IoT World

HERE showcases a variety of solutions at IoT World

The world of IoT is rich and varied, with entire constellations of solutions all ready to make our everyday lives that little bit smarter.

At IoT World, the annual event in California celebrating all things connected, HERE will be in attendance to showcase some of its own offerings. We spoke with Alex Osaki at HERE, who ran through some of the solutions on show.

Network positioning and routing

The first demonstration we touched upon was network positioning.

Alex says, “HERE has a number of IoT services that can be used on any internet connected device — from a mobile device to a smart car. Our demo at IoT World shows a marker sat on a printed map of Santa Clara (where the event is held) and, as you move the marker around, it picks up and displays your geo-coordinates, including longitude and latitude.”

“Once you’ve done that, it can tell you how long it would take to get from your current position to the destination shown on the marker. This illustrates how we can enable location services on more or less any device. Anything that can be connected to the internet can tell you where you are, where you’re going and how long it takes to get there.”

The solution determines this position using HERE network positioning APIs. It can also tap into a wireless hotspot, should you not be armed with GPS. The hotspot will then be added to the constantly updated HERE database, which now includes about two billion hotspots.

Alex adds, “Essentially, we’re showing that if you’re building an IoT device using HERE services, you don’t need to have a GPS chip. You can create something great, with really simple technologies.”

Future Mobility Visualiser

Next up is the Future Mobility Visualiser, which was first demonstrated at CES 2017.

The demonstration allows users to look at a smart city and visualise its intricacies using analytics. The demonstration is built into an interactive table, which presents the captured data from a city in an easily accessible, digestible platform.

On the table, users can place interactive chips around different road networks, delving into information like traffic speed compared with the actual speed limit.

Alex says, “This can show how people are moving around in a city, what decisions they’re making, and can illustrate trends to help developers model smart city solutions. So, what if car ownership declines? What does the smart city look like in a traffic jam?”

“If all of these location elements are mapped and accessible, businesses hoping to innovate in smart cities can do more modelling and anticipation, helping them see what the information means and how different scenarios may impact it.”

Tablet Top

Indeed, this is a showcase of some of the capabilities of the HERE Open Location Platform, with a video demonstration also available for attendees looking to find out why it’s hoped to be the leading destination for location services.

Automated indoor surveying (with a robot)

This demonstration is a prototype involving a robot that looks like a vacuum cleaner. If that doesn’t pique your interest, Alex can tell you more:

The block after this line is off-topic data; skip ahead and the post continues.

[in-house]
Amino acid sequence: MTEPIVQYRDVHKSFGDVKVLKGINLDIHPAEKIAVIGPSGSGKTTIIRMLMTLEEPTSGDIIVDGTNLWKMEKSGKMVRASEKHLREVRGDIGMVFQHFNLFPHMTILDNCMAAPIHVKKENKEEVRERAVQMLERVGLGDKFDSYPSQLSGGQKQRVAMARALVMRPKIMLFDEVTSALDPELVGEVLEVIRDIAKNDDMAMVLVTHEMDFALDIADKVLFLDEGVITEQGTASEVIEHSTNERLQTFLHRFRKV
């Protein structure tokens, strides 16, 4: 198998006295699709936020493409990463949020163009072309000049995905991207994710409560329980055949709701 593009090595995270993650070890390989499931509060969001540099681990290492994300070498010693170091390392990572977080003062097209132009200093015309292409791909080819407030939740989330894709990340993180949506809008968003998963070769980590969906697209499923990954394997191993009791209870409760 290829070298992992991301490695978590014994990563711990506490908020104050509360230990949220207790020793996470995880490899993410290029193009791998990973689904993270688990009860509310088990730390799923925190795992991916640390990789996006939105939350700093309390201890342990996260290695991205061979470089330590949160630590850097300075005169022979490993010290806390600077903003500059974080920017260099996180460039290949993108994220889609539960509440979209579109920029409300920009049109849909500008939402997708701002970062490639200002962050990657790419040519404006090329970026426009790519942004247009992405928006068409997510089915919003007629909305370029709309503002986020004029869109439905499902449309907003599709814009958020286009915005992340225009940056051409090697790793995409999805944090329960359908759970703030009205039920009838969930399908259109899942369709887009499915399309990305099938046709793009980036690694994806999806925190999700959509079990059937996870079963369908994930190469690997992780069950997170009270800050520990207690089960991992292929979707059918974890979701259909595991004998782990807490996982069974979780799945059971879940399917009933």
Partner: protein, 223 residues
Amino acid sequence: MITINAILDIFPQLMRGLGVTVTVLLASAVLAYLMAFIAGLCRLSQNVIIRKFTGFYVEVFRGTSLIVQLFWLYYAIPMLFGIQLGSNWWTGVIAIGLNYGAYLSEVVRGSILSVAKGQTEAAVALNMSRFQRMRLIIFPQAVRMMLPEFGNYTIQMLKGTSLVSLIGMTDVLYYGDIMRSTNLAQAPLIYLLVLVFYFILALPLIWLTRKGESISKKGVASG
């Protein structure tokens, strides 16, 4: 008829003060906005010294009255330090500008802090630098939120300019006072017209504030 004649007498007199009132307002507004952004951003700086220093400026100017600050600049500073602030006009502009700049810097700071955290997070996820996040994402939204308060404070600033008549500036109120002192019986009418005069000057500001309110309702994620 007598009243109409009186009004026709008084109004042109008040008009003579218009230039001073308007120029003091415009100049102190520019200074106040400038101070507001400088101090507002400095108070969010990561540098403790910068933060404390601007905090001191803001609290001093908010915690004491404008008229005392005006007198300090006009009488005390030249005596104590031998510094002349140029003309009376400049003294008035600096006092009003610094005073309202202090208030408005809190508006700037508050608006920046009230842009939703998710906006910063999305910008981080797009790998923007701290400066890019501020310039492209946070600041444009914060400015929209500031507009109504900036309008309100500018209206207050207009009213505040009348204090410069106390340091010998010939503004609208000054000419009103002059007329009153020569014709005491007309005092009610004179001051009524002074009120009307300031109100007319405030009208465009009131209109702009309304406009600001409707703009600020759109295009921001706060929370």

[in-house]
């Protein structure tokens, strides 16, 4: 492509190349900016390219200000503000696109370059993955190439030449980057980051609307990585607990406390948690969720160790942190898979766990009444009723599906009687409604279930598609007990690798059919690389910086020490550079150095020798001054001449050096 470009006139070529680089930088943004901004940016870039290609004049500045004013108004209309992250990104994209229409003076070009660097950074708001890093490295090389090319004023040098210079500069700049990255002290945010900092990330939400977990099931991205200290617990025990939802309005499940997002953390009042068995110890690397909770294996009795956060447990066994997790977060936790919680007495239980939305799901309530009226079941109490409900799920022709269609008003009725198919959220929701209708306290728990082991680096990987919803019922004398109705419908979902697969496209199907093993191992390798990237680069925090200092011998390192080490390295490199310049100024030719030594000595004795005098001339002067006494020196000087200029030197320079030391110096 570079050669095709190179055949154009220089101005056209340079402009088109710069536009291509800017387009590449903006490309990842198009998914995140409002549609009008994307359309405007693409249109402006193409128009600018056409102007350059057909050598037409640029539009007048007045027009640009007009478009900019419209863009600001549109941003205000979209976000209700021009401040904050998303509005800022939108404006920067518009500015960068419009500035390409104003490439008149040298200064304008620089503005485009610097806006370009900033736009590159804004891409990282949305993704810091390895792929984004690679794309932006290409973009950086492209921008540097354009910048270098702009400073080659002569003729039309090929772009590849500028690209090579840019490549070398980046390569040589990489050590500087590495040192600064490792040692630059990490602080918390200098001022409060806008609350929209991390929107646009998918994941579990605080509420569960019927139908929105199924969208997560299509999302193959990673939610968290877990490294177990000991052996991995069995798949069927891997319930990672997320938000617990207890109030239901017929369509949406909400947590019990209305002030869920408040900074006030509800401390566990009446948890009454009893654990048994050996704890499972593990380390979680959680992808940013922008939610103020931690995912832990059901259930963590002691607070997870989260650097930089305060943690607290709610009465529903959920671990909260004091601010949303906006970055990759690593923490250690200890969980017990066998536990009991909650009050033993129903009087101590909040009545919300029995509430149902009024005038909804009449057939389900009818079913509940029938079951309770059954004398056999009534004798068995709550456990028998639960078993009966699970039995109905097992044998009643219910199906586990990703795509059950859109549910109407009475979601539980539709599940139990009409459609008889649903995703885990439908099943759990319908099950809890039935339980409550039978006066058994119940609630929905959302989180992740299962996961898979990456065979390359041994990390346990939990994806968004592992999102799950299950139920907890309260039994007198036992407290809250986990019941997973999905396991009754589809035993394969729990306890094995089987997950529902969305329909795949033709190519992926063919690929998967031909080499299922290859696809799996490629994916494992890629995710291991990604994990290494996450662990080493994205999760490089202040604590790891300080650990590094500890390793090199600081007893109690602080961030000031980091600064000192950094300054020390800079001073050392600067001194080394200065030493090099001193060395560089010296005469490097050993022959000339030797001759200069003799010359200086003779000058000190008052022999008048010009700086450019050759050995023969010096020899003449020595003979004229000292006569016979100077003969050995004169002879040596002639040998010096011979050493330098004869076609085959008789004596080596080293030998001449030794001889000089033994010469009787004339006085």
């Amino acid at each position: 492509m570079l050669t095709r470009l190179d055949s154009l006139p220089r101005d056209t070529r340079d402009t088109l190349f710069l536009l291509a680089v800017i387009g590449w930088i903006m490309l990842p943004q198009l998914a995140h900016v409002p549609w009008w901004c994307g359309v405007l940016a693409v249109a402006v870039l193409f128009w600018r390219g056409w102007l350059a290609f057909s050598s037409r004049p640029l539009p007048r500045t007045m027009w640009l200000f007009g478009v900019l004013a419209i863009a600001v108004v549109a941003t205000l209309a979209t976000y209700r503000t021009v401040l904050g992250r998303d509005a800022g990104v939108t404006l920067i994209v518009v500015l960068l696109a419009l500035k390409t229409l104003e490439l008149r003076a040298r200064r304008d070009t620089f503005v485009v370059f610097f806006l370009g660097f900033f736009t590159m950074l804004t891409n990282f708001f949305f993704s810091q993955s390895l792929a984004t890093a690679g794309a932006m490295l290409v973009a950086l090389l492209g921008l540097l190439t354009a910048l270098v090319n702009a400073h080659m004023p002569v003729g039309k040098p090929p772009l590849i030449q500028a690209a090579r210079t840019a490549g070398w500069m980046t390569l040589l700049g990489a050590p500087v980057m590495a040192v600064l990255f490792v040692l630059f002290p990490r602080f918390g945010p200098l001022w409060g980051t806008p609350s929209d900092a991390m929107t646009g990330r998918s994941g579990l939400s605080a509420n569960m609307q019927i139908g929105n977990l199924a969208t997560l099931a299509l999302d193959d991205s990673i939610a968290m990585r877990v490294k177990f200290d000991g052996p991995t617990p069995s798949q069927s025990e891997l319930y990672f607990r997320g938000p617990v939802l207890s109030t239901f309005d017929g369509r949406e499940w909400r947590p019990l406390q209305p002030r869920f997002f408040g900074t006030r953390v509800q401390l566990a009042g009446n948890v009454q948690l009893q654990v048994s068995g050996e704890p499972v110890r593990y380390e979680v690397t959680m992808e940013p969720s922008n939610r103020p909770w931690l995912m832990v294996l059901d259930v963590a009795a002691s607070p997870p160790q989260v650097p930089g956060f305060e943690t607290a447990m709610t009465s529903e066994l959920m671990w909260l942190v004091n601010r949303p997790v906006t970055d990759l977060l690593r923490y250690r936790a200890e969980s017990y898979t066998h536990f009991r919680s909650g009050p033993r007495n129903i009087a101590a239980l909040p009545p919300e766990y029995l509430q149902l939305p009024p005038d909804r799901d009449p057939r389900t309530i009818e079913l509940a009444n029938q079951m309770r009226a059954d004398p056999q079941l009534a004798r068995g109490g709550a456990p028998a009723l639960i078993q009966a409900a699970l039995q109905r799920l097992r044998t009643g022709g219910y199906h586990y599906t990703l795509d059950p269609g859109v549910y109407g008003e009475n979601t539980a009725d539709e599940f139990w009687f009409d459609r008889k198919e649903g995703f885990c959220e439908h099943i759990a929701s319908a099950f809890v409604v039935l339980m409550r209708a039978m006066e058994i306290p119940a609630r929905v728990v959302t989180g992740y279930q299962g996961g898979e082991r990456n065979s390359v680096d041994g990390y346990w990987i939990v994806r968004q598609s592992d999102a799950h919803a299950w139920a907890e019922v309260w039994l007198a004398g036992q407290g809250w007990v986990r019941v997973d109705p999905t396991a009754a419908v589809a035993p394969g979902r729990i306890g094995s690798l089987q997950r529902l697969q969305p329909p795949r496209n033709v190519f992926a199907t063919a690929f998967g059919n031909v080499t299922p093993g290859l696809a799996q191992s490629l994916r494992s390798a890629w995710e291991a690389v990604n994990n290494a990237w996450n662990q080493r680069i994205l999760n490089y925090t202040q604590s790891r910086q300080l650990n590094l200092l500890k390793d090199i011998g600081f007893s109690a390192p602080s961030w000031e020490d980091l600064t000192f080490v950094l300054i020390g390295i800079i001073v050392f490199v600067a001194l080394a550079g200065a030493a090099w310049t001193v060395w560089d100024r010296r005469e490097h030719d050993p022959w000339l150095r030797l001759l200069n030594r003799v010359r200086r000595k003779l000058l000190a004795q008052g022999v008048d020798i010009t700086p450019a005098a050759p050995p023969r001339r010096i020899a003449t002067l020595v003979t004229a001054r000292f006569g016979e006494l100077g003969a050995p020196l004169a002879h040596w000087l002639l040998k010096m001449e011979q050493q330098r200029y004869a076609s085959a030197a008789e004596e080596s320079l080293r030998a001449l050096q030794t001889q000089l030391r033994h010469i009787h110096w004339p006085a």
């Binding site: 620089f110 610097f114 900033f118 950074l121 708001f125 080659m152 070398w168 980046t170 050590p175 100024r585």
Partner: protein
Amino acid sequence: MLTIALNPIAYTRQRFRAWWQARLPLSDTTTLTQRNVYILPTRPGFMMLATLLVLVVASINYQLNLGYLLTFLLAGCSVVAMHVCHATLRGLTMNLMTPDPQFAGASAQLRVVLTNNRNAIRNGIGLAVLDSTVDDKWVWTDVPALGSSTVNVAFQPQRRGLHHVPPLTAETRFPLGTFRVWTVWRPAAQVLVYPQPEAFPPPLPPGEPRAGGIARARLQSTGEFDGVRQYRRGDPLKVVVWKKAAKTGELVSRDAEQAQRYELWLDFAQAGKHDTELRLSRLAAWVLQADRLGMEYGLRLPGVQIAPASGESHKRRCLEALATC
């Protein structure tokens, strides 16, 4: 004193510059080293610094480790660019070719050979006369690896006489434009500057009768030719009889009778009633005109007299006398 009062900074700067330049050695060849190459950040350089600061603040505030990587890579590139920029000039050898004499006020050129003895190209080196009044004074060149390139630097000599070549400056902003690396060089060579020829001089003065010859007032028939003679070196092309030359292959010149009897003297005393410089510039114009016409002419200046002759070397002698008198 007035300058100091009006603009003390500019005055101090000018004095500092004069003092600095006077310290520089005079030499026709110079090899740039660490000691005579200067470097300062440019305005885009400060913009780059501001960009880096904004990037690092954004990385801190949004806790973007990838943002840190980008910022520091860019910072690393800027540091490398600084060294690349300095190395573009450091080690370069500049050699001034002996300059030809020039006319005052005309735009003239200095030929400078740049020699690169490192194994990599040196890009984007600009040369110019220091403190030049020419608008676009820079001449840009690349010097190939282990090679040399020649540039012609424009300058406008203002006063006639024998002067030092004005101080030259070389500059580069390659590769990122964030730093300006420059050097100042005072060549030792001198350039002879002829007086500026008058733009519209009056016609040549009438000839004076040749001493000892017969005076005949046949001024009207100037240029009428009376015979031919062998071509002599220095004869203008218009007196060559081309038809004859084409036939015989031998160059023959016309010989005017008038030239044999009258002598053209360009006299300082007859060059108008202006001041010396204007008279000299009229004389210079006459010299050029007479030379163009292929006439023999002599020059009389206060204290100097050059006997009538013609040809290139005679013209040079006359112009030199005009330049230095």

“When HERE vehicles drive around, mapping a city, they use LiDAR sensors to generate a point cloud (a data set composed of 3D data). The sensors send out a laser that essentially maps the city by creating a mesh of the vehicle’s surrounding environment and obstacles. What we are demonstrating is 3D point cloud mapping, and we’re using a small robot with a 3D camera to do so.”

The robot will be driven by the HERE team, and will actually build out a 3D point cloud of the area around the booth as it moves around. Attendees will be able to see this small part of the venue being mapped in real time.

Alex says, “Attendees will be able to see the ease with which this technology can be used to create indoor maps of say, a shopping mall, or an airport. The sensors will even know to disregard any transient objects — like people moving around the booth.”

“We want to show a live venue map being built, and highlight that automation, automated driving and automated indoor mapping are all pieces of the same puzzle.

Indoor tracking

Indoor tracking can be a vital IoT tool for the transport and logistics industry, offering the ability to better understand and keep tabs on products in transit.

Tracking

The demonstration, which also appeared at last week’s Transport & Logistics conference in Munich, follows five packages en route from Berlin to Santa Clara.

Alex explains: “During the demo we can see the transition points of the products — from departure, to loading onto a train, to arrival. Upon arrival, indoor tracking and positioning will show the package being whisked through O’Hare Airport on an indoor venue map.”

This will provide logistics managers with the ability to better estimate a shipment’s arrival time, saving both time and money.

Indoor positioning

Last, but not least, is a demonstration of indoor positioning. This showcases a hugely important feature upon which others can also be built.

The demonstration is a radio map of the venue which will be viewable at the stand. Alex concludes:

“The map will be updated with information on the trade show as the day goes on, showing that regardless of where you are, HERE can map that venue, pinpoint your location, and share useful, up-to-date information.”

Will you be attending IoT World? Come and visit our booth and see our Head of IoT, Leon Van de Pas, giving an insightful presentation at 13:40 on Wednesday May 17th at the Executive Summit.

In1go Technologies Inc. We are a partner of HERE, helping people navigate their lives through intelligent maps

This article originally appeared on www.here.com

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HERE showcases a variety of solutions at IoT World

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